What is the Schengen Agreement?
The Schengen Agreement signed on June 14, 1985, is a treaty that led most of the European countries towards the elimination of their national borders, to build a Europe without borders known as “Schengen Area”. Signed in Luxembourg, initially by only five EU countries, the agreement remains one of the world’s biggest areas that have ended border control between member countries.
The Agreement was signed by the five (5) following European countries: France, Germany, Belgium, Luxembourg, and the Netherlands, in Schengen, a small village in Southern Luxembourg on the river Moselle. The Schengen Area concept experienced an incessant expansion, as on 27 November 1990 Italy, on 25 June 1991 Portugal and Spain and on 6 November 1992, Greece joined.
Since then, the Schengen Area breathed a fast developing and expanding trend. Thus, on 28 April 1995 Austria, on 19 December 1996 Denmark, Finland, Iceland, Norway, and Sweden were the new five countries to join. On the other hand, led by a sample of seven aforementioned countries, in October Italy and in December 1997 Austria abolished their internal border controls.
The enlargement of the Schengen Area continued its prosperous journey as in January 2000 Greece and March 2001 Denmark, Finland, Sweden, Iceland, Norway, on 16 April 2003 Czech Republic, Estonia, Hungary, Latvia, Lithuania, Malta, Poland, Slovakia and Slovenia and in October 2004 Switzerland were the new fifteen countries (15) that joined. This successful story did not end there, as in December 2007 the same nations declared the elimination of their land and sea, and in March 2008 of the airport border controls.
In February 2008, Liechtenstein was the 26th and the last country so far to sign the Schengen Agreement and become part of the Schengen Area.
Schengen States Territories that are not part of the Schengen
Apart from the Azores, Madeira and the Canary Islands, no other country that is located outside of the European continent is not part of the Schengen Area or have not signed the Schengen Agreement.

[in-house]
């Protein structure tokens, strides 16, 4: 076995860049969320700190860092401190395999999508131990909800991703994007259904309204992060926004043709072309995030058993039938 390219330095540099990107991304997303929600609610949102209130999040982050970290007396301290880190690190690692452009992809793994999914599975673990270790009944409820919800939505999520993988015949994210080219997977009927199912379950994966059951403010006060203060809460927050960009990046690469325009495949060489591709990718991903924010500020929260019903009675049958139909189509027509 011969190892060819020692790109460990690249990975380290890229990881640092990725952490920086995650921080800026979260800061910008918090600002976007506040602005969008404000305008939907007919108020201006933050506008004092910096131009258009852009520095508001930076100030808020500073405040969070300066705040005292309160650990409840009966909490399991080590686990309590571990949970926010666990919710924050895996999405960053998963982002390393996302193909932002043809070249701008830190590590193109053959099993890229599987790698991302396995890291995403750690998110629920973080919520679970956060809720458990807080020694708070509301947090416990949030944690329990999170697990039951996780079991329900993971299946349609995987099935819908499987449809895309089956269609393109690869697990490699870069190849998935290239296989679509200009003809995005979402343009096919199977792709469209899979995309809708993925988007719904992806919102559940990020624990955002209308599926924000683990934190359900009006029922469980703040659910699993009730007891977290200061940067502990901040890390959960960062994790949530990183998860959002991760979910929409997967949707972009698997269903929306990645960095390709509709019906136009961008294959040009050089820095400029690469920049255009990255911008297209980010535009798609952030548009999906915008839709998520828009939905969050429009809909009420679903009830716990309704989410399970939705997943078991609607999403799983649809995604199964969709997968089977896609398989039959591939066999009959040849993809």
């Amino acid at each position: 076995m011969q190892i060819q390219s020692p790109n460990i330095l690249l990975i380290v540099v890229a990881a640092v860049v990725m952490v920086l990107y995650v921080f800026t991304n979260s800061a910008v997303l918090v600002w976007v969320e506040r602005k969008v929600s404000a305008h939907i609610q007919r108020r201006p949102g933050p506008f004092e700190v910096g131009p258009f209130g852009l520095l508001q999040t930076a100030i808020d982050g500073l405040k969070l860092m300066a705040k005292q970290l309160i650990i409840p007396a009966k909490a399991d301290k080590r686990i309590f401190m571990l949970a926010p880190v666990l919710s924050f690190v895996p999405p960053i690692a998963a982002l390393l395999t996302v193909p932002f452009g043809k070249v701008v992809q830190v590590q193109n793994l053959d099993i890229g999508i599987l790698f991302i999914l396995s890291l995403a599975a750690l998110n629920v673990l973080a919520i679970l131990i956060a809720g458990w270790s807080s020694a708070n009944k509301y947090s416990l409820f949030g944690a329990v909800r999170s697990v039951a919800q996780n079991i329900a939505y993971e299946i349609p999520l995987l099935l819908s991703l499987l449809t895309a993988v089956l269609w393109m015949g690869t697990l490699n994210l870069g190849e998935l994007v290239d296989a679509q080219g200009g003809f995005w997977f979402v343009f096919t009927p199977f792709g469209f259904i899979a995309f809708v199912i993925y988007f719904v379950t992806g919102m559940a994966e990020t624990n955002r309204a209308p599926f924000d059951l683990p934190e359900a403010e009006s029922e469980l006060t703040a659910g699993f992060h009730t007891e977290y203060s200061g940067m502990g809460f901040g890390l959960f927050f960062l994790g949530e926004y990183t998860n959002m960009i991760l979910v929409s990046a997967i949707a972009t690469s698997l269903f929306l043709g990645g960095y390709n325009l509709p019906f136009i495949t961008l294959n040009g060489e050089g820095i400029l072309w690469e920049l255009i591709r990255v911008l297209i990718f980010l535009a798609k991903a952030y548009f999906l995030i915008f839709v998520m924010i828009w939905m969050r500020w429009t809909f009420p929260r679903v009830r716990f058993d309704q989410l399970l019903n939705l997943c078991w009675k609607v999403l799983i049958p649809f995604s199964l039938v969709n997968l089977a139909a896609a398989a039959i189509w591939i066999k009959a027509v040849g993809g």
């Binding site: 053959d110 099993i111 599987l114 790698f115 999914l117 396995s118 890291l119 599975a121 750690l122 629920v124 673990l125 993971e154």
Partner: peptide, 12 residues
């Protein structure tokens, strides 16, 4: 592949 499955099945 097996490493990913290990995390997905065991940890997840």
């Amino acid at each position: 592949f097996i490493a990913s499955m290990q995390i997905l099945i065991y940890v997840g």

Schengen Visa Types we offer & Validity
A single-entry visa allows its holder to enter the Schengen Area only once, within the given period of time, as mentioned in the visa sticker affixed to their passport. Once the visa holder exits the Schengen territory, he or she can no longer go back, even if they have not spent there the number of days as permitted by the embassy that issued them the visa.
Some people confuse the single-entry visa, thinking that it is about the number of countries the visa holder is permitted to visit and that it allows them to enter one single country. In fact, the territory you are permitted to visit is given close to the “Valid for” tag in your visa sticker, whereas the time you are permitted to stay is given close to the “Number of entries” tag.
In general, a double-entry visa applies the same way as the single-entry visa explained above. The sole difference between a single-entry and a double-entry visa is that the second gives you the chance to go once more back to the Schengen territory once you have left it.
You should be very careful not to exceed the number of days you are permitted to stay in the Schengen Zone, as well as the period within which you can spend these days in the EU. Once again, do not mix the “double-entry” tag with the number of countries you are permitted to enter and remain within the given time.
With this visa, when you leave the Schengen Area for the second time, you no longer have the right to go back, even if you have not spent all of the days you were permitted to remain there. However, if you have obtained a double-entry visa more than once, and you are a frequent traveler to the Schengen zone, you are more likely to be granted a multiple-entry visa, as explained below.
A multiple-entry visa allows its holder to go in and out of the Schengen Area as many times as he or she wants, as soon as they do not violate the 90/180 rule.
Based on how frequently you travel to the Schengen zone, you may apply and obtain one of the following multiple-entry visa types:
1-year multiple-entry visa
3-year multiple-entry visa
5-year multiple-entry visa
1-year multiple-entry Schengen visa
The 1-year MEV visa gives you the right to enter the Schengen Zone as many times as you want, as long as you do not remain more than 90 days within this period.
3-year multiple-entry Schengen visa
The 3-year MEV visa gives the right to its holder to enter the Schengen Area as many times as they wish within a period of three years. However, even in this case, the visa holder is limited to remaining in the EU no longer than 90 days within a 180-day period.
5-year multiple-entry Schengen visa
5-year MEV visa permits you to enter 26 countries in Europe as many times as you wish, within five years, as soon as you do not violate the 90/180 days rule.
Schengen Visa Types according to the purpose of travel
*Cultural, Sports and Film Crews
Credit to the SchegenVisaInfo